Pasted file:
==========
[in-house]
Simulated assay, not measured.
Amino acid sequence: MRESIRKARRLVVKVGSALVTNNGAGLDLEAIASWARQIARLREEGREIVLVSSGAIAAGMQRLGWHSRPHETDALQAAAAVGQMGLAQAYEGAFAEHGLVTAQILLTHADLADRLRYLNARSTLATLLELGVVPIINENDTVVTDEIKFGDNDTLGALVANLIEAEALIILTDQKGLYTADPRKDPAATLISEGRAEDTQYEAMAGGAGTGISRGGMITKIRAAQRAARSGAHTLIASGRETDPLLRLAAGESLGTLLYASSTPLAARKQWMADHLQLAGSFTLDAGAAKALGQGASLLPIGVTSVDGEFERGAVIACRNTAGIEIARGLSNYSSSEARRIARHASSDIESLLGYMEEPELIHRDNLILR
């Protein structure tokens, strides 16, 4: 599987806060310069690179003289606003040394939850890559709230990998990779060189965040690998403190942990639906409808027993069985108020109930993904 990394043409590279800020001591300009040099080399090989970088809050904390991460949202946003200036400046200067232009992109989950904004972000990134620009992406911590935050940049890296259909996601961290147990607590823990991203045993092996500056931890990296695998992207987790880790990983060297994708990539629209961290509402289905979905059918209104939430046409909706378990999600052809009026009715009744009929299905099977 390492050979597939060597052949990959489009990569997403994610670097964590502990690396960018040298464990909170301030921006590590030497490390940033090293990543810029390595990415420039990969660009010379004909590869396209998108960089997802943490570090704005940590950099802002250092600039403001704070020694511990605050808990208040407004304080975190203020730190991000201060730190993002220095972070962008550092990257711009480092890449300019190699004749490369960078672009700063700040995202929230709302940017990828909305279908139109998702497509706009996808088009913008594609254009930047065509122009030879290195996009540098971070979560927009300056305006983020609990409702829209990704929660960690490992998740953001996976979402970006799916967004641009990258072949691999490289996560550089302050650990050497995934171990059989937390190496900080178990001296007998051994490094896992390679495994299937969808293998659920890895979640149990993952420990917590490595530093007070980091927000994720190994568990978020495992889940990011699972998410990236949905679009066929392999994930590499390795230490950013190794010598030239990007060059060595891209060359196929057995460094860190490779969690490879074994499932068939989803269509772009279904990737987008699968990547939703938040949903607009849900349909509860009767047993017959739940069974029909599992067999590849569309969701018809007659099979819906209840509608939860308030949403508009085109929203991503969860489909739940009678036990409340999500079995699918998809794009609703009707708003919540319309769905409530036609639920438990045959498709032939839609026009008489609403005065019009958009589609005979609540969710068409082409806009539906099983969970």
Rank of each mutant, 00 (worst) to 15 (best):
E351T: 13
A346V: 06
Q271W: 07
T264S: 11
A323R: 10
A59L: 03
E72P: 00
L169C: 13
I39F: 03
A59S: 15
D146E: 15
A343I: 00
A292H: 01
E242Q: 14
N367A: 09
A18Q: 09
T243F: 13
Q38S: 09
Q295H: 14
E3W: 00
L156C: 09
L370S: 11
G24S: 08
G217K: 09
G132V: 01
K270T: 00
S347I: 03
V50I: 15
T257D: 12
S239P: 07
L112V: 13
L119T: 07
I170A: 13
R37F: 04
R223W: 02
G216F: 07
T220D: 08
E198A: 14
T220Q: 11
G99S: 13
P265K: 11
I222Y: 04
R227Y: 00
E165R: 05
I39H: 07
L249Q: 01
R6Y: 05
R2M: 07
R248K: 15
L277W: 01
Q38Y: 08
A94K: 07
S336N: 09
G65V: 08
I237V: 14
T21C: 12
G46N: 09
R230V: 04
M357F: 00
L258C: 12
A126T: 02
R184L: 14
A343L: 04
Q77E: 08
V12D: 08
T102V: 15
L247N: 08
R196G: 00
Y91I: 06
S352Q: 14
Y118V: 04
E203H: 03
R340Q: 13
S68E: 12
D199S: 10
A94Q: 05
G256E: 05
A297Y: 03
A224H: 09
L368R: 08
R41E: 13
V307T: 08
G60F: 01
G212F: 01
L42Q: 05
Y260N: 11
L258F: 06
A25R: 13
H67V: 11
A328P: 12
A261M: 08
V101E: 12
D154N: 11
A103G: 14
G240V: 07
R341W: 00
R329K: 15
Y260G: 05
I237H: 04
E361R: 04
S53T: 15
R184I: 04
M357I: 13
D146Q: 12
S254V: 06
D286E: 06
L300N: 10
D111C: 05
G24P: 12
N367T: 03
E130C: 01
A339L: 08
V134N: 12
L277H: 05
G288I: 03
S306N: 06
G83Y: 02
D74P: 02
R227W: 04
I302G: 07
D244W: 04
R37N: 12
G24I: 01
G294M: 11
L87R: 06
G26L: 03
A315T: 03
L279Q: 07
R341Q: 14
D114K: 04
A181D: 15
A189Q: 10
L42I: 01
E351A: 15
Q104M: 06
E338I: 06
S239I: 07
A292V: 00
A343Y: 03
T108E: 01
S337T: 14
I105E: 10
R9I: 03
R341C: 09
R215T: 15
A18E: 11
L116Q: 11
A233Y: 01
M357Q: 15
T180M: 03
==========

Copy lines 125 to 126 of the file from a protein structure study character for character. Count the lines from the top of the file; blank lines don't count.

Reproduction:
I302G: 07
D244W: 04